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Use the Euler method?

  1. Oct 8, 2013 #1
    1. The problem statement, all variables and given/known data
    Use the Euler method with h=0.05 to find approximate values of y'=3+t-y, y(0)=1 at t=0.1, 0.2, 0.3, and 0.4.


    2. Relevant equations
    I don't even know what formula and how to use it.


    3. The attempt at a solution
    The answers are 1.1975, 1.38549, 1.56491, 1.73658.
     
  2. jcsd
  3. Oct 8, 2013 #2
    Euler's method is a recursive method. In general, it is best to understand what you're actually doing than to memorize the equations. In Euler's method, you essentially get an estimate of y' and use that to estimate y at future values.

    At t=0, y=1 (given), and thus, y'(0)=3+0-1=2. In the next h seconds, you would expect y to increase by y' * h. Thus, we say y(x+h)=h*y'(x)+y(x). We get that y(0.05)=0.05*y'(0)+y(0)=1.1. our new value of y'(0.05)=3+0.05-y(0.05)=1.95. Keep iterating this method to get future values of y and y'.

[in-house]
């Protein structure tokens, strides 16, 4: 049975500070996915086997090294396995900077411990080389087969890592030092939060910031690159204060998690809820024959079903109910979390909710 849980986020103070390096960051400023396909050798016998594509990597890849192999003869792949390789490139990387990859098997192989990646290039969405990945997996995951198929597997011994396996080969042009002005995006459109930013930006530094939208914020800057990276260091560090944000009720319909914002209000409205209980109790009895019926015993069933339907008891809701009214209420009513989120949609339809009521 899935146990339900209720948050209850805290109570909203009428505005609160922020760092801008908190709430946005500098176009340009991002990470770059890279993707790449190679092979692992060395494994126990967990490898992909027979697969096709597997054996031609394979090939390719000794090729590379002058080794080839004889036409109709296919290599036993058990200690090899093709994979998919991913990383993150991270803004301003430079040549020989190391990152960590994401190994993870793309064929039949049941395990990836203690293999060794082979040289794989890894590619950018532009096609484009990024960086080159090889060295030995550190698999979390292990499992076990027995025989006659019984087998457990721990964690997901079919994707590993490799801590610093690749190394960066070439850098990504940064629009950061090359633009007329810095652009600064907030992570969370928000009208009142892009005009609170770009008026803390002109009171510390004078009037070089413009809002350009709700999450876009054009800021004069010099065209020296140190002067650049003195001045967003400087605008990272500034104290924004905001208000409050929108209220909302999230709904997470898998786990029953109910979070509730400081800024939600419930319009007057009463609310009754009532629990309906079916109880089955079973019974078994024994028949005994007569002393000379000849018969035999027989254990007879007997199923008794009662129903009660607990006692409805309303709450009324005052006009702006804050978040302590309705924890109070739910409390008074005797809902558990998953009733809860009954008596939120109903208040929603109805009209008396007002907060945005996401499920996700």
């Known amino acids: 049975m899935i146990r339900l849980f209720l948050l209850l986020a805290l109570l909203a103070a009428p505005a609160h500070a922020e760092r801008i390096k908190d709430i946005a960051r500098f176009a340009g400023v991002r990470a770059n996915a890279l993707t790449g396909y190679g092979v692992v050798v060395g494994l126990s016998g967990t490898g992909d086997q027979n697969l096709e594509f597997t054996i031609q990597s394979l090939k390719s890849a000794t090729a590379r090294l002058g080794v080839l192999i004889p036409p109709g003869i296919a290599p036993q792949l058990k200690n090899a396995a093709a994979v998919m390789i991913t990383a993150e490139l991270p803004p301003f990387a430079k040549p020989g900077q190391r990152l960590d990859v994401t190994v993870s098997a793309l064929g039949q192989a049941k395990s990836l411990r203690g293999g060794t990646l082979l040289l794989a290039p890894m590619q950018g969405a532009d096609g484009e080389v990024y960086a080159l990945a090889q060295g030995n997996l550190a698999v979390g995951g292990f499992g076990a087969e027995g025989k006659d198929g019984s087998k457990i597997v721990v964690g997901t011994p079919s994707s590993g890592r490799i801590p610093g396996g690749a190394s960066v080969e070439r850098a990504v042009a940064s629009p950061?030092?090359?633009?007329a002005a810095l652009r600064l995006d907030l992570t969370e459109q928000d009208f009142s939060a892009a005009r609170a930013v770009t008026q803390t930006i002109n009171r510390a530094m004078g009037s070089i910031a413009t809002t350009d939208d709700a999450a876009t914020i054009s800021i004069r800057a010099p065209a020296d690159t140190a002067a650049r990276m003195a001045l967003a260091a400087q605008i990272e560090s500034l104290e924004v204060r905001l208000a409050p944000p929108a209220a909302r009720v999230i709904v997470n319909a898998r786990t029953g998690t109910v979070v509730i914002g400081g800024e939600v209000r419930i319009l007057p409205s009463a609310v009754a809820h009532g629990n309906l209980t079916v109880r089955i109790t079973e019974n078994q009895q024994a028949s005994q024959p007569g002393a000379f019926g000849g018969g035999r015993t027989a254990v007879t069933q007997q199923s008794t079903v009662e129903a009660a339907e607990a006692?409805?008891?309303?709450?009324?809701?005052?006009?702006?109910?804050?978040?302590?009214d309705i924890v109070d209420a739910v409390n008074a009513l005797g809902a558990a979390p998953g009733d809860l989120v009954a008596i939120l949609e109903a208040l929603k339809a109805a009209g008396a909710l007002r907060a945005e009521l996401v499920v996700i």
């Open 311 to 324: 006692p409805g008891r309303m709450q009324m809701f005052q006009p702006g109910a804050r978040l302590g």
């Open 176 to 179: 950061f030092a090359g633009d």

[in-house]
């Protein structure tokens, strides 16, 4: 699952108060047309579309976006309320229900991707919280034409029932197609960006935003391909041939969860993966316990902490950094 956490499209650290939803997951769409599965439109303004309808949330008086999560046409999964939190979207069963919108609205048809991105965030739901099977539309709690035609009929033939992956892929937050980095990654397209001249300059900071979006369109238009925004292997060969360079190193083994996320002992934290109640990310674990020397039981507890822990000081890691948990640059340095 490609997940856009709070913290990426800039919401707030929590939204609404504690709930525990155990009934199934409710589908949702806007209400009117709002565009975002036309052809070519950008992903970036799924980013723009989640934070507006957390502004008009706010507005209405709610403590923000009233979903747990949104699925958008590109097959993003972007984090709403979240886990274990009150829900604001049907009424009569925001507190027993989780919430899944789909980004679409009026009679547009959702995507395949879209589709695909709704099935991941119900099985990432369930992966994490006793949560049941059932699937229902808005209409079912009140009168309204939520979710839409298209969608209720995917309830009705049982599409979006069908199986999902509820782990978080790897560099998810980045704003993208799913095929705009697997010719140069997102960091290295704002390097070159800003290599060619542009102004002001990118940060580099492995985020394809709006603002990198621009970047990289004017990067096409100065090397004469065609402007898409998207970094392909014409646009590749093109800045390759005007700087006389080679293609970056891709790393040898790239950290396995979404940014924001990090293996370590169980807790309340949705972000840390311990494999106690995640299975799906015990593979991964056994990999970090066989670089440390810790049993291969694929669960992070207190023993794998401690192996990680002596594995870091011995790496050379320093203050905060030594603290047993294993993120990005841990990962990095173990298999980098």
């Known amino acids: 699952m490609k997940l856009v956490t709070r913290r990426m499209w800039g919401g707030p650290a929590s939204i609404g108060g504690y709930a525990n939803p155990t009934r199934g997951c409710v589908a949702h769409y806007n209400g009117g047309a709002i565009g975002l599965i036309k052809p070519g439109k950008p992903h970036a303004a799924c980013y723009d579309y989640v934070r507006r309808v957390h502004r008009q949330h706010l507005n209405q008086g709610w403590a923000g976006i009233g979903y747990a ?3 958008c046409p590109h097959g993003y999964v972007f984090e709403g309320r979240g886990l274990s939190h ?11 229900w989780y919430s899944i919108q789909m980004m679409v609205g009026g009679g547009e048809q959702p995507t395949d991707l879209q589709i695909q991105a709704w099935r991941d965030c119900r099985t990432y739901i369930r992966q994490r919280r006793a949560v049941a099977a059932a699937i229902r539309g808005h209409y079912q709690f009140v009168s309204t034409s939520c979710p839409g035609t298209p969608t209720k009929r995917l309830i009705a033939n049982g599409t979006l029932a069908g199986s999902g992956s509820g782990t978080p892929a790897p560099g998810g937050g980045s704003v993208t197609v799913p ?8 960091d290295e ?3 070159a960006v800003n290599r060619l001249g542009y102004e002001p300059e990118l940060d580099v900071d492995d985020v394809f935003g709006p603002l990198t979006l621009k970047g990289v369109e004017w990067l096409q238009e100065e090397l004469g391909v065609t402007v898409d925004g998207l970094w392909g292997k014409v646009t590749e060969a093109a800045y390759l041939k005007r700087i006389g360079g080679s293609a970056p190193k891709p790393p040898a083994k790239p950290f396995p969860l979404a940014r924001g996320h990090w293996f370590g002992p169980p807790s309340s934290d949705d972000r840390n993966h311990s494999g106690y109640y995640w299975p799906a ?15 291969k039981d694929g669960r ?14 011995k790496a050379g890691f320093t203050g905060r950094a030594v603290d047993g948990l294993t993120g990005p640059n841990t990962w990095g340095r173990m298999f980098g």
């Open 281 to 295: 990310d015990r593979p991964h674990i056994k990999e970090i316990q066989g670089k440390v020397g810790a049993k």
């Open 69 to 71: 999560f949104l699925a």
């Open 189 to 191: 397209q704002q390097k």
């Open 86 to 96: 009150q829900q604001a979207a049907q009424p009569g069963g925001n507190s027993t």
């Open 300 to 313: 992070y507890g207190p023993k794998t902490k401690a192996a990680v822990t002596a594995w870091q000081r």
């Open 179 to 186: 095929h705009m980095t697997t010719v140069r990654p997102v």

4. Oct 9, 2013 #3

    Ray Vickson

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    Are you saying that your textbook and/or course notes have nothing at all on Euler's method?
     
  5. Oct 9, 2013 #4
    You are solving a differential equation of the form:
    [tex]\frac{dy}{dt}=f(y,t)[/tex]
    To solve this equation numerically, you are approximating the derivative on the left hand side by:
    [tex]\frac{dy}{dt}≈\frac{y(t+Δt)-y(t)}{Δt}[/tex]
    But, what values of y and t do you use to substitute into the function f, the values at time t, y(t) and t, or the values at time t+Δt, y(t+Δt), t+Δt? In Euler's method you use the former, so your algebraic approximation to the differential equation becomes:
    [tex]\frac{y(t+Δt)-y(t)}{Δt}=f(y(t),t)[/tex]
    or, equivalently,
    [tex]y_{n+1}-y_n=Δtf(y_n,nΔt)[/tex]
    where n signifies the n'th time step of your calculation. In the terminology that your problem statement uses, h = Δt
     
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